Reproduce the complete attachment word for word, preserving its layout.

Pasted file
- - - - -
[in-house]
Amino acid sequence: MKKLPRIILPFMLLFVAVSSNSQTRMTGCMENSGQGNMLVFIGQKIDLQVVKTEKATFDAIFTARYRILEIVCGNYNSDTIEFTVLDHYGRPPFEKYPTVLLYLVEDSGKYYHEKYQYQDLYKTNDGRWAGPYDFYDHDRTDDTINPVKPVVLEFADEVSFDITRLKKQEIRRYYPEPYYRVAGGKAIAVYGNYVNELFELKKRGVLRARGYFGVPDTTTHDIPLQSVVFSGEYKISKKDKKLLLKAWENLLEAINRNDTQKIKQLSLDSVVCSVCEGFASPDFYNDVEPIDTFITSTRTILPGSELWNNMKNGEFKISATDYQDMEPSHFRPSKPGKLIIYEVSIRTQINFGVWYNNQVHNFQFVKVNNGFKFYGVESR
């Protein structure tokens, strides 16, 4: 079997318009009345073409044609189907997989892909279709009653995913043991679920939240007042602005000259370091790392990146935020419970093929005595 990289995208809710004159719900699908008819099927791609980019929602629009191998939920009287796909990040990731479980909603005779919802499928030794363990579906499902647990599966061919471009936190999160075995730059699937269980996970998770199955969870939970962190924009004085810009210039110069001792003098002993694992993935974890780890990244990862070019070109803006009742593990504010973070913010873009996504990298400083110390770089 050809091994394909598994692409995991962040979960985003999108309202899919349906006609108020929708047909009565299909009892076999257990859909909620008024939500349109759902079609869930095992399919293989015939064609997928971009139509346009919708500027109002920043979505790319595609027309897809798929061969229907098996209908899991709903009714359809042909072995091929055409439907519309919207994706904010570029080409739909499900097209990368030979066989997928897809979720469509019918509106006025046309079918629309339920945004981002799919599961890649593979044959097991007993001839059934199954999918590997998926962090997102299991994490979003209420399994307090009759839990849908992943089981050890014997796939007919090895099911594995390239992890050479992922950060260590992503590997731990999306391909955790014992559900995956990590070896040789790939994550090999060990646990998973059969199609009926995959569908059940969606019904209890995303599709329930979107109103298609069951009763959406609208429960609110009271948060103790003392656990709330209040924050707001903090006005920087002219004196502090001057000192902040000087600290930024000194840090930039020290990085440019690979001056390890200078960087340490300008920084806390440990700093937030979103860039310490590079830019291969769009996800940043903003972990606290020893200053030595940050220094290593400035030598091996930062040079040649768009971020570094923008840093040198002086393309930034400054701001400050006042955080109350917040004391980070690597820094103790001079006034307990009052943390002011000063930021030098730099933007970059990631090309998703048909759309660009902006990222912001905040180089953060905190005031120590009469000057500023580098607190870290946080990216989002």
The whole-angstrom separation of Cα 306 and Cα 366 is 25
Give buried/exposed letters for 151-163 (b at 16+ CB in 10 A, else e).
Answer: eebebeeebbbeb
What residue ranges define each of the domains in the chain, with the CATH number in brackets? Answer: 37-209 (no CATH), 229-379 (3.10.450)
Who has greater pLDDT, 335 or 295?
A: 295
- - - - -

[in-house]
Amino acid sequence: MKKLPRIILPFMLLFVAVSSNSQTRMTGCMENSGQGNMLVFIGQKIDLQVVKTEKATFDAIFTARYRILEIVCGNYNSDTIEFTVLDHYGRPPFEKYPTVLLYLVEDSGKYYHEKYQYQDLYKTNDGRWAGPYDFYDHDRTDDTINPVKPVVLEFADEVSFDITRLKKQEIRRYYPEPYYRVAGGKAIAVYGNYVNELFELKKRGVLRARGYFGVPDTTTHDIPLQSVVFSGEYKISKKDKKLLLKAWENLLEAINRNDTQKIKQLSLDSVVCSVCEGFASPDFYNDVEPIDTFITSTRTILPGSELWNNMKNGEFKISATDYQDMEPSHFRPSKPGKLIIYEVSIRTQINFGVWYNNQVHNFQFVKVNNGFKFYGVESR
């Protein structure tokens, strides 16, 4: 079997318009009345073409044609189907997989892909279709009653995913043991679920939240007042602005000259370091790392990146935020419970093929005595 990289995208809710004159719900699908008819099927791609980019929602629009191998939920009287796909990040990731479980909603005779919802499928030794363990579906499902647990599966061919471009936190999160075995730059699937269980996970998770199955969870939970962190924009004085810009210039110069001792003098002993694992993935974890780890990244990862070019070109803006009742593990504010973070913010873009996504990298400083110390770089 050809091994394909598994692409995991962040979960985003999108309202899919349906006609108020929708047909009565299909009892076999257990859909909620008024939500349109759902079609869930095992399919293989015939064609997928971009139509346009919708500027109002920043979505790319595609027309897809798929061969229907098996209908899991709903009714359809042909072995091929055409439907519309919207994706904010570029080409739909499900097209990368030979066989997928897809979720469509019918509106006025046309079918629309339920945004981002799919599961890649593979044959097991007993001839059934199954999918590997998926962090997102299991994490979003209420399994307090009759839990849908992943089981050890014997796939007919090895099911594995390239992890050479992922950060260590992503590997731990999306391909955790014992559900995956990590070896040789790939994550090999060990646990998973059969199609009926995959569908059940969606019904209890995303599709329930979107109103298609069951009763959406609208429960609110009271948060103790003392656990709330209040924050707001903090006005920087002219004196502090001057000192902040000087600290930024000194840090930039020290990085440019690979001056390890200078960087340490300008920084806390440990700093937030979103860039310490590079830019291969769009996800940043903003972990606290020893200053030595940050220094290593400035030598091996930062040079040649768009971020570094923008840093040198002086393309930034400054701001400050006042955080109350917040004391980070690597820094103790001079006034307990009052943390002011000063930021030098730099933007970059990631090309998703048909759309660009902006990222912001905040180089953060905190005031120590009469000057500023580098607190870290946080990216989002």
The whole-angstrom separation of Cα 306 and Cα 366 is 25
Give buried/exposed letters for 151-163 (b at 16+ CB in 10 A, else e).
Answer: eebebeeebbbeb
What residue ranges define each of the domains in the chain, with the CATH number in brackets? Answer: 37-209 (no CATH), 229-379 (3.10.450)
Who has greater pLDDT, 335 or 295?
A: 295